They all have the same problem: the files are not checked for legal problems, i.e. are there logos or brands, is there a model or property release, they dońt even vet the artist with an id etc...

I really dońt see them as competition. Do a search for modern, localized business or people content, they have very, very little and what they have you dońt even know if it was submitted by the real artist for free or if someone found it on the internet and uploaded it.

People can also steal images via google, the same crowd of people.

A professional image buyer cannot use these sites.

« Reply #7 on: September 11, 2018, 00:40 »
0
Most of the photos hosted by the free stock sites are shot by the cheaper cameras, like the APS-C and/or the older, entry-level level ones:

https://pixabay.com/en/cameras/ [nofollow]

I have a co-worker who contributed a small amount (less than 50) of photos on pixabay, and he shoots with an old D5100. He gets a few dollars a month from people who download his photos, he is not for the $, mainly just for the fun & enjoyment. I guess that's why others are contributing to the free stock sites.

Shelma1

« Reply #8 on: September 11, 2018, 09:47 »
+2
I disagree. I see a lot of uses of the free stuff that might have gone to paid content instead. And the fact that the stock sites feel the need to compare themselves to the free sites says a lot. Im sure thats a response to market research that shows that, despite some growth in sales, theyre still losing a significant number of potential sales to the free sites.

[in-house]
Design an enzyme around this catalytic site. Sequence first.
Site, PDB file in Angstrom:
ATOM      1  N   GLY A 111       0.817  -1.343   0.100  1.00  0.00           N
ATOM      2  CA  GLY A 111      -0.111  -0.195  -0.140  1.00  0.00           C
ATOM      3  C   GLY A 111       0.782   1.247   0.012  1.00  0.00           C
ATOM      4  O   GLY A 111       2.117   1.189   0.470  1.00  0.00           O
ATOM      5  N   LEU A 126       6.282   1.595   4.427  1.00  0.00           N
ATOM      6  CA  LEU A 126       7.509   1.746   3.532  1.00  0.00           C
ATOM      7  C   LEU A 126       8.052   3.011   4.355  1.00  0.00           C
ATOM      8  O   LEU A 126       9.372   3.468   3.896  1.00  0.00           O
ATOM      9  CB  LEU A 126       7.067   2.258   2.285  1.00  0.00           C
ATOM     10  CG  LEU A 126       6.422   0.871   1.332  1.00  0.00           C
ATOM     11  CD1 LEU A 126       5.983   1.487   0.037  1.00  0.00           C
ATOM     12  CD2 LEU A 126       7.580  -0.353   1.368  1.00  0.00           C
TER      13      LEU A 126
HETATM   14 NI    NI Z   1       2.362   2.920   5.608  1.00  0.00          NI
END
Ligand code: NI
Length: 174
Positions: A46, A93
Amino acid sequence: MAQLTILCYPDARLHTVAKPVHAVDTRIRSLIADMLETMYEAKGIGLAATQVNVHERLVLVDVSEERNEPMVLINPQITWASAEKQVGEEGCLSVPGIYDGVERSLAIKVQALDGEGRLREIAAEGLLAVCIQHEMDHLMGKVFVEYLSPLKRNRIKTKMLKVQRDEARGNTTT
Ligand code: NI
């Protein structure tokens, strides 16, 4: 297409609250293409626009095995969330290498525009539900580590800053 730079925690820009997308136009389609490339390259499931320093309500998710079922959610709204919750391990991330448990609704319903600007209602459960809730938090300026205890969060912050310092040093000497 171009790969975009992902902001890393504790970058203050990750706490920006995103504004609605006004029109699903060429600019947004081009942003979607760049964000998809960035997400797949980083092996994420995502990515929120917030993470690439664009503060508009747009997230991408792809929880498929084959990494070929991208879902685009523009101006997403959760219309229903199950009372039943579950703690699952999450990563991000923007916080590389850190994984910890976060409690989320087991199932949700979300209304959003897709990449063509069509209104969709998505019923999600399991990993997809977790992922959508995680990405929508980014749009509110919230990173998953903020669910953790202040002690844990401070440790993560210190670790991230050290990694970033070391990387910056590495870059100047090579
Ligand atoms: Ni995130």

However, theyve dug their own graves by allowing many of the free sites to be affiliates, so they make money from the paid sites while simultaneously stealing some of their business. Of course, one of the worst is freepik, which gave away stolen vectors for years while collecting affiliate dollars from the very sites the work was taken from.

Free sites are one of the many contributors to falling income for contributors, along with market saturation, increased competition, etc.

« Reply #9 on: September 11, 2018, 15:50 »
0
I had to Google some of this sites an I can't say I'm that impressed. Top contributor on one of the sites is a lady with thousands of pictures shot with cell phone or similar..

« Reply #10 on: September 11, 2018, 20:29 »
0
I disagree. I see a lot of uses of the free stuff that might have gone to paid content instead. And the fact that the stock sites feel the need to compare themselves to the free sites says a lot. Im sure thats a response to market research that shows that, despite some growth in sales, theyre still losing a significant number of potential sales to the free sites.

Shelma1, I asked for my co-worker's pixabay URL today, you can take a look at his photos and may be you can tell me how good they are:

https://pixabay.com/en/users/ElasticComputeFarm-1865639/ [nofollow]

He said that there are many good photos on the real stock sites, and he does not bother to register with SS to get a real SS account.

Uncle Pete

  • Great Place by a Great Lake - My Home Port
« Reply #11 on: September 13, 2018, 14:53 »
+1
I disagree. I see a lot of uses of the free stuff that might have gone to paid content instead. And the fact that the stock sites feel the need to compare themselves to the free sites says a lot. Im sure thats a response to market research that shows that, despite some growth in sales, theyre still losing a significant number of potential sales to the free sites.

However, theyve dug their own graves by allowing many of the free sites to be affiliates, so they make money from the paid sites while simultaneously stealing some of their business. Of course, one of the worst is freepik, which gave away stolen vectors for years while collecting affiliate dollars from the very sites the work was taken from.

Free sites are one of the many contributors to falling income for contributors, along with market saturation, increased competition, etc.

Yes, Yes and yes! Sorry I couldn't add more than that.  ;D